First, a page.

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Data Sharing and Citations: Causal Evidence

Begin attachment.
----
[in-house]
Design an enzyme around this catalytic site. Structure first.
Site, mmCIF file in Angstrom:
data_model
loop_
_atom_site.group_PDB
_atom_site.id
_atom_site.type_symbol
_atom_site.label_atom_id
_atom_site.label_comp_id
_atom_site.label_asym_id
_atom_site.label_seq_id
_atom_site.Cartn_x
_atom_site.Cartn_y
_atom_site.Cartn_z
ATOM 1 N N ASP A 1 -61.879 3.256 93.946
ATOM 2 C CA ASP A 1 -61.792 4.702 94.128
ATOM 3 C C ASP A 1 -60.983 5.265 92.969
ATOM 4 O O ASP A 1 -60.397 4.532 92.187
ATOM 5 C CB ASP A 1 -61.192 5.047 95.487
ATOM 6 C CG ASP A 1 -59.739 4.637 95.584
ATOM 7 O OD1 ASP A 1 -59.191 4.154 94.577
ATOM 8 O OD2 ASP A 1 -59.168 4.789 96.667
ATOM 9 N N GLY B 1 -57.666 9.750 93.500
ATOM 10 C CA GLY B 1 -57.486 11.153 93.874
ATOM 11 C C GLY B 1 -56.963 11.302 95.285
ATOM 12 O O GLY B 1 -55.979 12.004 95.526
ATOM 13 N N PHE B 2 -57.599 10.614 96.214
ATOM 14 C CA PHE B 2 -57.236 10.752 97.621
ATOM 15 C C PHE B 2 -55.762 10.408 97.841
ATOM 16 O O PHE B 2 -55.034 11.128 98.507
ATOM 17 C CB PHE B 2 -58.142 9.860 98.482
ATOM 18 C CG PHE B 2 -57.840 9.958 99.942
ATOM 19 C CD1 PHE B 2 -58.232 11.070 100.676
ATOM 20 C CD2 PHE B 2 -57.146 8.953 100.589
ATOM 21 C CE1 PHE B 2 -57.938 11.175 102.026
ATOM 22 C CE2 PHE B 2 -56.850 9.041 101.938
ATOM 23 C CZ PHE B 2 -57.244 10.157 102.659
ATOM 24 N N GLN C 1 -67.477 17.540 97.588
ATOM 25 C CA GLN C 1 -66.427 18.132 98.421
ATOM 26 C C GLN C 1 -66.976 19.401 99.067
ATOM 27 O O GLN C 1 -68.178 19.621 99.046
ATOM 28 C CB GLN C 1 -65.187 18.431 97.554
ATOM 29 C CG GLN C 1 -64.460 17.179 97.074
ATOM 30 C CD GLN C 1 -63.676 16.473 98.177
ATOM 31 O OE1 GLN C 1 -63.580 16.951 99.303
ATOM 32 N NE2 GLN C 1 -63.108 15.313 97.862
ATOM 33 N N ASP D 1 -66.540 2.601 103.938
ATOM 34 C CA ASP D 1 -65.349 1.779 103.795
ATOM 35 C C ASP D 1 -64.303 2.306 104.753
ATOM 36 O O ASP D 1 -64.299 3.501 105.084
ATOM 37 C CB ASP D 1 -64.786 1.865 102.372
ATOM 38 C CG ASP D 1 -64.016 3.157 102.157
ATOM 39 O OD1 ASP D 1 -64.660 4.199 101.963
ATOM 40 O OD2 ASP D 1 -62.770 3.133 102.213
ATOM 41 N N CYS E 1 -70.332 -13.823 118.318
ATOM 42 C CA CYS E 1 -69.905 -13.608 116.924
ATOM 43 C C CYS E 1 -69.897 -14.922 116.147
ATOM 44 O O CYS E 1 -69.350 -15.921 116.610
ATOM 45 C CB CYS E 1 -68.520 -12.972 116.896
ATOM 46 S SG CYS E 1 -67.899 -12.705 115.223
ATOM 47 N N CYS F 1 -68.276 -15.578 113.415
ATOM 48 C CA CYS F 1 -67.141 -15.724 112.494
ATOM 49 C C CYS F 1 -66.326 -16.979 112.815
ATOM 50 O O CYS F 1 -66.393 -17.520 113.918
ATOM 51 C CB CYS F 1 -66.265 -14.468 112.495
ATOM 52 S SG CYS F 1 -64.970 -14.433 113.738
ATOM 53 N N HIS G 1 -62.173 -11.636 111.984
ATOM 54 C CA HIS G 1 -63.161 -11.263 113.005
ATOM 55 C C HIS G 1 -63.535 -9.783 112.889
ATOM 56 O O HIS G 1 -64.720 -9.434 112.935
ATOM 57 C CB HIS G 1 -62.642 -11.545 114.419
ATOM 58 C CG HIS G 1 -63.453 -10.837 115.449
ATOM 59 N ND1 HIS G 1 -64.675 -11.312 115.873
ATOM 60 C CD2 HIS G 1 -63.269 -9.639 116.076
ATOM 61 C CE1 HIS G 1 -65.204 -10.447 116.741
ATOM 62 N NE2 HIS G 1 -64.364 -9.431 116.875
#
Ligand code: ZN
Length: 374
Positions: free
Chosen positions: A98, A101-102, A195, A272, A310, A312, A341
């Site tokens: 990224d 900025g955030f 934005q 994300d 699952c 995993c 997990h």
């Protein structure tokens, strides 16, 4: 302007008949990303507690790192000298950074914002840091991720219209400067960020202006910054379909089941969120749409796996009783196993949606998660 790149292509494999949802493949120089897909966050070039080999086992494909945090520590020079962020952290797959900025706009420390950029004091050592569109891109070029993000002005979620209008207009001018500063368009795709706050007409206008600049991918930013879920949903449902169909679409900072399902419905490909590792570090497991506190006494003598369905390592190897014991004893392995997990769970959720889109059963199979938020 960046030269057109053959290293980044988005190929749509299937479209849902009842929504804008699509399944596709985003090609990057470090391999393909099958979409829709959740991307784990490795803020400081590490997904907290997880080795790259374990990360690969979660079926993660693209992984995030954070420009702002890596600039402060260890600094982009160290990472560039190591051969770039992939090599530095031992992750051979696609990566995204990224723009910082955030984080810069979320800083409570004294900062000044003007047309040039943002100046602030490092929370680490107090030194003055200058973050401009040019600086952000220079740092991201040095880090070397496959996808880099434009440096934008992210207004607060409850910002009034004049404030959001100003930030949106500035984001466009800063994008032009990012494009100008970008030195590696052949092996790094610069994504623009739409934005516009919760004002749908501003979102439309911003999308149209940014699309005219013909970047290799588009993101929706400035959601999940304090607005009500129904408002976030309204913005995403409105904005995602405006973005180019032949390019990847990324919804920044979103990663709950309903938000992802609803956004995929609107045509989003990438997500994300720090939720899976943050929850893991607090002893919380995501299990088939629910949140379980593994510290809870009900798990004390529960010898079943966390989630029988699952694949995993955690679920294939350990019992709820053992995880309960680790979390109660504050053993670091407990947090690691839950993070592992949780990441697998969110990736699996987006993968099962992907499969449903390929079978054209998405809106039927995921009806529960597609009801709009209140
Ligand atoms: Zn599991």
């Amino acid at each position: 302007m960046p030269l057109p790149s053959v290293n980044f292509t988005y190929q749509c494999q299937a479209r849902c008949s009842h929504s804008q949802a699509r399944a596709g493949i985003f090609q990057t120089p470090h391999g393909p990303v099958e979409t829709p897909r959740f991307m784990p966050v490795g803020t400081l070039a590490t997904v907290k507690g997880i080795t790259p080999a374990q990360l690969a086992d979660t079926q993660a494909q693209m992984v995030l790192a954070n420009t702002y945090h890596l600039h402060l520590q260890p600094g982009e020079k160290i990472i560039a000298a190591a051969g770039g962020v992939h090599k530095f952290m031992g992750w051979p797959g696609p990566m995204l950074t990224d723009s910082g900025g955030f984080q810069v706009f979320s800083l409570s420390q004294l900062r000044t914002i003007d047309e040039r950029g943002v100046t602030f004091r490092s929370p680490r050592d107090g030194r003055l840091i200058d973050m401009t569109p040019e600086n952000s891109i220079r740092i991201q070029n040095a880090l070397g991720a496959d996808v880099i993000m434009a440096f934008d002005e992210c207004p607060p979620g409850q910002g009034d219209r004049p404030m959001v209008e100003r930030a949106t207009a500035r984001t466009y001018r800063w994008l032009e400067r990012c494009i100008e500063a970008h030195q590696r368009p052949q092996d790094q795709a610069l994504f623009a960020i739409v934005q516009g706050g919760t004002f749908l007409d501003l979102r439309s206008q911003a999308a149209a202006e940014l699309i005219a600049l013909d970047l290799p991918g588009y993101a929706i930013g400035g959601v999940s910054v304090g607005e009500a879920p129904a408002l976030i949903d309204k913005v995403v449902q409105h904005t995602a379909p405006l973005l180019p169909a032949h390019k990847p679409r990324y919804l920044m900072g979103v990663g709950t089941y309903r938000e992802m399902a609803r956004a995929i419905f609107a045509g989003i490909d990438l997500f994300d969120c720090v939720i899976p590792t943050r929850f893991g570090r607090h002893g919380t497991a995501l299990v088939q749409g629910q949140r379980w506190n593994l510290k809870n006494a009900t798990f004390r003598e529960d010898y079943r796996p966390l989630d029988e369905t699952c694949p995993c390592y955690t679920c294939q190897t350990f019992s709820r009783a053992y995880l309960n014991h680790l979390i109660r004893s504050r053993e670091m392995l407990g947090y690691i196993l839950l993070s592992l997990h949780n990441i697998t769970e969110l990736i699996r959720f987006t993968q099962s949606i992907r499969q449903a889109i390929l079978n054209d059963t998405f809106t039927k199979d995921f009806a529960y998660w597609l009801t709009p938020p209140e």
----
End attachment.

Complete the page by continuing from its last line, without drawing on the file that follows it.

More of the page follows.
Garret Christensen, Edward Miguel, and Alan Dafoe examined the existence of a causal link between publicly shared data and citations count for research papers in economics and political science. The authors used exogenous variation in data availability caused by the institution of mandatory data sharing policy at two top journals in their respective disciplines – The American Journal of Political Science (AJPS) and The American Economic Review (AER), compared to other top journals in the discipline without such a policy, the American Political Science Review and the Quarterly Journal of Economics. Based on a sample of 3,000 papers (two thirds of which were published in top economics journals), they found large and positive associations between sharing data and code and the number of citations, with 30-45% more citations. The evidence is more mixed when looking at causality, however, with evidence that the increase in economics is causal, but not in political science. They conclude that though open science practices may not clearly have caused increased citations in all disciplines, “it is clear that the type of author who practices transparent research and shares their data is cited more.”

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